Countries in the MENA region have also been investigating the production of clean hydrogen. The GCC region, in particular, is strategically located between Asia and Europe and has the advantage to meet potential demands from both continents. It already benefits from existing infrastructure, used predominately for exporting Oil and Gas, which can be transformed to handle hydrogen exports. While there are currently no published national strategies for hydrogen projects, various initiatives have been developed around hydrogen objectives. One country which took several steps in that direction was the UAE. In 2021, several Memorandum of Understandings (MoU) were signed including:

  • MoU between Emirates Nuclear Energy Corporation (ENEC) and EDF to cooperate in various research and development projects where they explore the production of Hydrogen.
  • MoU between Mubadala and Siemens with the intention to create a strategic partnership to drive investment and development of Green Hydrogen production.
  • MoU between Mudadala, Abu Dhabi National Oil Company (ADNOC), and Abu Dhabi Development Holding Company (ADQ) to establish the Abu Dhabi Hydrogen Alliance which aims at developing a roadmap to accelerate the UAE’s adoption and use of Hydrogen in major sectors like utilities, mobility, and industry.

Moreover, in 2019, the Dubai Electricity and Water Authority (DEWA), Expo 2020 Dubai, and Siemens embarked on the “Green Hydrogen” PPP Pilot project where a $14 million Green Hydrogen plant was built at Dubai’s Mohammed bin Rashid Al-Maktoum solar park. The first solar-driven Green Hydrogen producing facility in the Middle East with a peak power of 1.25 MWe.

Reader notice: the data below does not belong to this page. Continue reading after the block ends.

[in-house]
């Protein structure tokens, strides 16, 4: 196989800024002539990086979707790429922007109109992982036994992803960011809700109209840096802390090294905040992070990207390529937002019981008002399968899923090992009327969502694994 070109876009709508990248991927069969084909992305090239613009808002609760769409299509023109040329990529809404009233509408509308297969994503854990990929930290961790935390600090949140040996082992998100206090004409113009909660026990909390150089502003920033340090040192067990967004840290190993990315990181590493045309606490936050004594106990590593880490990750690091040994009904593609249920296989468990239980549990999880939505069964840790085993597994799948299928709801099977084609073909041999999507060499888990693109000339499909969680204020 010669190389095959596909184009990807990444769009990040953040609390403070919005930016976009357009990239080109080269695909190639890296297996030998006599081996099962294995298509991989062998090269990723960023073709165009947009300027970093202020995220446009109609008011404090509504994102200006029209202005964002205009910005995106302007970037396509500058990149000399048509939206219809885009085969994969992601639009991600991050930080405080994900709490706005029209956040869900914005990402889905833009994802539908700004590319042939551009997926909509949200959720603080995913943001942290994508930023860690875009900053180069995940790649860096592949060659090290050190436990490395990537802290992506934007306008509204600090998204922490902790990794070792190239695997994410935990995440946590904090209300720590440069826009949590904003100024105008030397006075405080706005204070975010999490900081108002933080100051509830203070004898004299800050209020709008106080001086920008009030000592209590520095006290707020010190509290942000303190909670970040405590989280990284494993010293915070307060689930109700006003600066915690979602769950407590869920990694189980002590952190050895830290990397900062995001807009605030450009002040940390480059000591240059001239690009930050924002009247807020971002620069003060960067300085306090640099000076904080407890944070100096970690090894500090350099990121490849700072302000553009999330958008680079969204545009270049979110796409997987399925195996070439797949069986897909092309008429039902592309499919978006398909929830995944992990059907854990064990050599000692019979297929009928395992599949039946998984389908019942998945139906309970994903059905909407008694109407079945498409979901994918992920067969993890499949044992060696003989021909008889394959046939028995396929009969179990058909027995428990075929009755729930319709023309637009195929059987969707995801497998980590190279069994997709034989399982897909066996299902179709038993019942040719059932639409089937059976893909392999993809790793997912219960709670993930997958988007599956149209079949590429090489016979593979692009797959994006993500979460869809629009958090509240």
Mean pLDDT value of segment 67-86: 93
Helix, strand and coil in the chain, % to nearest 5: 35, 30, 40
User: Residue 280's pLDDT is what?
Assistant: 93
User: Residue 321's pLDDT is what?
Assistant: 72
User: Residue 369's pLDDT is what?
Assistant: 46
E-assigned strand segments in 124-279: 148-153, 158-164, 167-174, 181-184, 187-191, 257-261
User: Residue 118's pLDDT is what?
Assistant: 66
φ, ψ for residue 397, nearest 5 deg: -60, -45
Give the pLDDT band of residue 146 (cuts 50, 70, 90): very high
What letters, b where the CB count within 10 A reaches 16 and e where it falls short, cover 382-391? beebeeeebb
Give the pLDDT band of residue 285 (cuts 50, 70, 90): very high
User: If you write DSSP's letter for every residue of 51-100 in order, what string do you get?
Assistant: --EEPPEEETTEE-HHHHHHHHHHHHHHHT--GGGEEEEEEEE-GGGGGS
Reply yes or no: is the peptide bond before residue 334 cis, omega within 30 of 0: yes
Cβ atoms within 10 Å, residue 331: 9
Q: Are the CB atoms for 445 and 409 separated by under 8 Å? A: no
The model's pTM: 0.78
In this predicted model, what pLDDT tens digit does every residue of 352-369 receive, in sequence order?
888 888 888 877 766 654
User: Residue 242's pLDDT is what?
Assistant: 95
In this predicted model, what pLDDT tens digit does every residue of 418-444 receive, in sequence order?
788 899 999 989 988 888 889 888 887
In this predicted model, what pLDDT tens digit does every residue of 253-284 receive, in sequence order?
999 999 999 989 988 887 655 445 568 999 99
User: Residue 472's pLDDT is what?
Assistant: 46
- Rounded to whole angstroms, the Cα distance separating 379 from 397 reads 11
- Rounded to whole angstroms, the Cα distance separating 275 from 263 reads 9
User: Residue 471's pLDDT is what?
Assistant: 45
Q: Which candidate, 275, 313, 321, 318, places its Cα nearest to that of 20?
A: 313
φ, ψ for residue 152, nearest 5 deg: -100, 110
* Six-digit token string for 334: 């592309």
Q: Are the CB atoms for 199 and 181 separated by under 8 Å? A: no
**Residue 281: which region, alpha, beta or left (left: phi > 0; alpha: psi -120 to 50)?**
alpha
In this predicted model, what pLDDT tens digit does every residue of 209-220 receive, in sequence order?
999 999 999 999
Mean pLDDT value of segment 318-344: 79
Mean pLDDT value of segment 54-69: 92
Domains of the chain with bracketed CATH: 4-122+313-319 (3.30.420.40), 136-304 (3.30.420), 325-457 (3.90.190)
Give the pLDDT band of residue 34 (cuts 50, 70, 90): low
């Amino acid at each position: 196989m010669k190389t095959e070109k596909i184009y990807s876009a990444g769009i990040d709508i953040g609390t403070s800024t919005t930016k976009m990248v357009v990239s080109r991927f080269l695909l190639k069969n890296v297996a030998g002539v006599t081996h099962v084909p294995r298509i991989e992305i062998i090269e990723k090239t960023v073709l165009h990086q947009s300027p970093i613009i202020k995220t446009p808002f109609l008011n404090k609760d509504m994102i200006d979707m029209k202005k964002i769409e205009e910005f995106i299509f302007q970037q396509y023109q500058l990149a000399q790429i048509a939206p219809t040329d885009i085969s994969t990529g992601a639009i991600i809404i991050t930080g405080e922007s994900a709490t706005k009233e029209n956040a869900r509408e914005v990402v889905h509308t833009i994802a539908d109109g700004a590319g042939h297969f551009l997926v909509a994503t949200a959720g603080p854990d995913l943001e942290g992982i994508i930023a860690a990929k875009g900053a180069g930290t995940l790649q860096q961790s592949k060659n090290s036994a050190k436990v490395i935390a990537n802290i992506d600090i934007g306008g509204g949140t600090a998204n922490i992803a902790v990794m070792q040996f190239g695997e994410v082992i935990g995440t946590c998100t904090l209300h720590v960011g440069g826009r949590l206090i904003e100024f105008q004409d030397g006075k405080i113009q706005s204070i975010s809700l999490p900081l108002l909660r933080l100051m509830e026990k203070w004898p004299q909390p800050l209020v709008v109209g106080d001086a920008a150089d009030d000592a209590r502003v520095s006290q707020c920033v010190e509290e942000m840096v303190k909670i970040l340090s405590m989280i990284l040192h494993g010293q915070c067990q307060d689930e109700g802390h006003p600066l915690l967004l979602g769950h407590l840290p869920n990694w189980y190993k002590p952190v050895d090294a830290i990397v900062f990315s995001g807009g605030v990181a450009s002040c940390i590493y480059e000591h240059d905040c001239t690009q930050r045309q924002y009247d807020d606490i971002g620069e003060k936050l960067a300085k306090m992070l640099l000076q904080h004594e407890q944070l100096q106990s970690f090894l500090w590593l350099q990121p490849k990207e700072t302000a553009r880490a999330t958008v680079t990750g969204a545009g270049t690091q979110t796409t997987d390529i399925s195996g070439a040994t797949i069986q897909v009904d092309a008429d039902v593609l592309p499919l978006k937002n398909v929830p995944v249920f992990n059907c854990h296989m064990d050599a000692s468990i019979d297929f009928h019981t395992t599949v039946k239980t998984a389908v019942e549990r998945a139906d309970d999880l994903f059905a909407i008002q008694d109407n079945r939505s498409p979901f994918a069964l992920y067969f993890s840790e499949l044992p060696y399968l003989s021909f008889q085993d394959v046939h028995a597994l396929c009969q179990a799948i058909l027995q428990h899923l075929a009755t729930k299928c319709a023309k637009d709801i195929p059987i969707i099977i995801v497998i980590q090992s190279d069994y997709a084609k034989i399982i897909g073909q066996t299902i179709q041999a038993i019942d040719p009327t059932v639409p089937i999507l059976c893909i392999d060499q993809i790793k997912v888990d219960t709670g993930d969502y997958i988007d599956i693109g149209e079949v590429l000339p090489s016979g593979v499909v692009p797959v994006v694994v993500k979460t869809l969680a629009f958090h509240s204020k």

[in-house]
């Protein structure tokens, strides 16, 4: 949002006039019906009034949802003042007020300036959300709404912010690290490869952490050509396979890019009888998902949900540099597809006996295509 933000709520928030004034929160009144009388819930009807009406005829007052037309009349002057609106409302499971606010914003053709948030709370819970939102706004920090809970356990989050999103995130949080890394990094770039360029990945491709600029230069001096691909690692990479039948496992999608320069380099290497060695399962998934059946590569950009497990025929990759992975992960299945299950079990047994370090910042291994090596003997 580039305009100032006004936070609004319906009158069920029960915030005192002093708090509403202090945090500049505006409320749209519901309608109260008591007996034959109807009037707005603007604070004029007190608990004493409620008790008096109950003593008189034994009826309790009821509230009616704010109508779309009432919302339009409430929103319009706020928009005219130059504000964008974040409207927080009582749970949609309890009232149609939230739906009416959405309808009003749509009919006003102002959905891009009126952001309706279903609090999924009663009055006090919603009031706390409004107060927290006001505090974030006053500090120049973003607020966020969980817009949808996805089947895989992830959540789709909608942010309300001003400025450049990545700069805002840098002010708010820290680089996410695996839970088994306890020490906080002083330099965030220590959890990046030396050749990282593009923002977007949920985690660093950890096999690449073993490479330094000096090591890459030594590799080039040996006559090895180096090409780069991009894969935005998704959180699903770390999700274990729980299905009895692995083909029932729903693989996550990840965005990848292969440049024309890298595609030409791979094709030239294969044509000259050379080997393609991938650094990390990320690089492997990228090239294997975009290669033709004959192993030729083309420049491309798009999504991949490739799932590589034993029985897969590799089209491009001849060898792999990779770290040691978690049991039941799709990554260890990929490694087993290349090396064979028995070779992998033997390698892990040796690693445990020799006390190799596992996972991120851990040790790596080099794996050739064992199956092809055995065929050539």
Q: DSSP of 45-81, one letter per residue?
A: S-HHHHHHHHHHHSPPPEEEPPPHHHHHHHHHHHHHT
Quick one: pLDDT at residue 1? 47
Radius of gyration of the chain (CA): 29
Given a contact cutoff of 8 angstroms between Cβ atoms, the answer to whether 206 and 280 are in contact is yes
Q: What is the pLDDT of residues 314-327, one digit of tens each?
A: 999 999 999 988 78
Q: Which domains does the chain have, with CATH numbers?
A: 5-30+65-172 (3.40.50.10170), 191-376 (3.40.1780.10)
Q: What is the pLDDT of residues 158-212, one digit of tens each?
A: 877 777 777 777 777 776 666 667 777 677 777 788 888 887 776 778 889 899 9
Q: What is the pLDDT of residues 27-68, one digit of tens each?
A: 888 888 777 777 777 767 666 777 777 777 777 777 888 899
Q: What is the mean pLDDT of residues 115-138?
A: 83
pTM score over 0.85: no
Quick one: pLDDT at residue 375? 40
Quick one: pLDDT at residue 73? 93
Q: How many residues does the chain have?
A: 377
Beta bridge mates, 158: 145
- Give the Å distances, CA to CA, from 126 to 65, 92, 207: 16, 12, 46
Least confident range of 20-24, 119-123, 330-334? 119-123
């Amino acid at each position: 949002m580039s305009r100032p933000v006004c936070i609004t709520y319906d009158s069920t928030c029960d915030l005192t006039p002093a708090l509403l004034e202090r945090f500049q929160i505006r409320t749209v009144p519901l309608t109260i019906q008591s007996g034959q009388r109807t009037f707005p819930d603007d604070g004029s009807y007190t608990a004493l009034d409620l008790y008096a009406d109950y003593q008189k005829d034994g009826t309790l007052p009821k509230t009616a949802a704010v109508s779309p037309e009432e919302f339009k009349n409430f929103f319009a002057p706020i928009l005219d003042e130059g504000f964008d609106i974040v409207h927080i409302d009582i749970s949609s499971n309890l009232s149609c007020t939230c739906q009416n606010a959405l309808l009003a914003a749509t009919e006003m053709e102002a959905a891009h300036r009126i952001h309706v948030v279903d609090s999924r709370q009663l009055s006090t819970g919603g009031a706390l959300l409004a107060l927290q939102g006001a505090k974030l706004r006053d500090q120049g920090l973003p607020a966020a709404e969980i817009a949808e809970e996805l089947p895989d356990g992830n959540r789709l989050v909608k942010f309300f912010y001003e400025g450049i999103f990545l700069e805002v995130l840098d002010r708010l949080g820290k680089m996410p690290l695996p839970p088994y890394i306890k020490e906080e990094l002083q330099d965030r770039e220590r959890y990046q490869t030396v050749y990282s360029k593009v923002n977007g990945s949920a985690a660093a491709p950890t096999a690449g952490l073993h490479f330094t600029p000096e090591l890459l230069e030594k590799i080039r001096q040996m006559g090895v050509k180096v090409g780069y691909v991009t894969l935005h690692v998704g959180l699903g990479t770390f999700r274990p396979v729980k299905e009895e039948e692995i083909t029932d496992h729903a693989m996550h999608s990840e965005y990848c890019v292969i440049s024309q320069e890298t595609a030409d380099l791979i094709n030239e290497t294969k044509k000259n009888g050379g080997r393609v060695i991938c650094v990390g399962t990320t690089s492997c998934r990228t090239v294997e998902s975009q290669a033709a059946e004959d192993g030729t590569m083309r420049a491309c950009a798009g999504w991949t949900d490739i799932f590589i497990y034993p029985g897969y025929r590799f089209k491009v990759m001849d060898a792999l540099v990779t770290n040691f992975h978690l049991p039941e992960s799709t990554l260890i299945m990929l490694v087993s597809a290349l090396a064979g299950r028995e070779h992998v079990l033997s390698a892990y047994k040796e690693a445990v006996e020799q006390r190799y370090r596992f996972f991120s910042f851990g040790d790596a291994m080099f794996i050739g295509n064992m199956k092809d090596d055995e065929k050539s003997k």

KSA and Oman are not far behind either. KSA’s ACWA Power, Air Products, and NEOM are developing a $5 billion Green Hydrogen-based ammonia plant in the NEOM development. The plant will include the integration of over 4GW renewable power from solar and wind; producing 650 tons per day of Hydrogen and 1.2 million tons per year of green ammonia. The plant is meant to be completed by Q1 2025. Oman, on the other hand, has embarked on a joint Omani-Belgian initiative called “Hyport Duqum” to develop a Green Hydrogen and Green Ammonia facility powered by solar and wind; offering a peak power of 1.3 GW of renewable power generation capacity in phase 1. The land agreement has already been signed with India’s Acme Group, which plans to commission phase 1 by the end of 2022.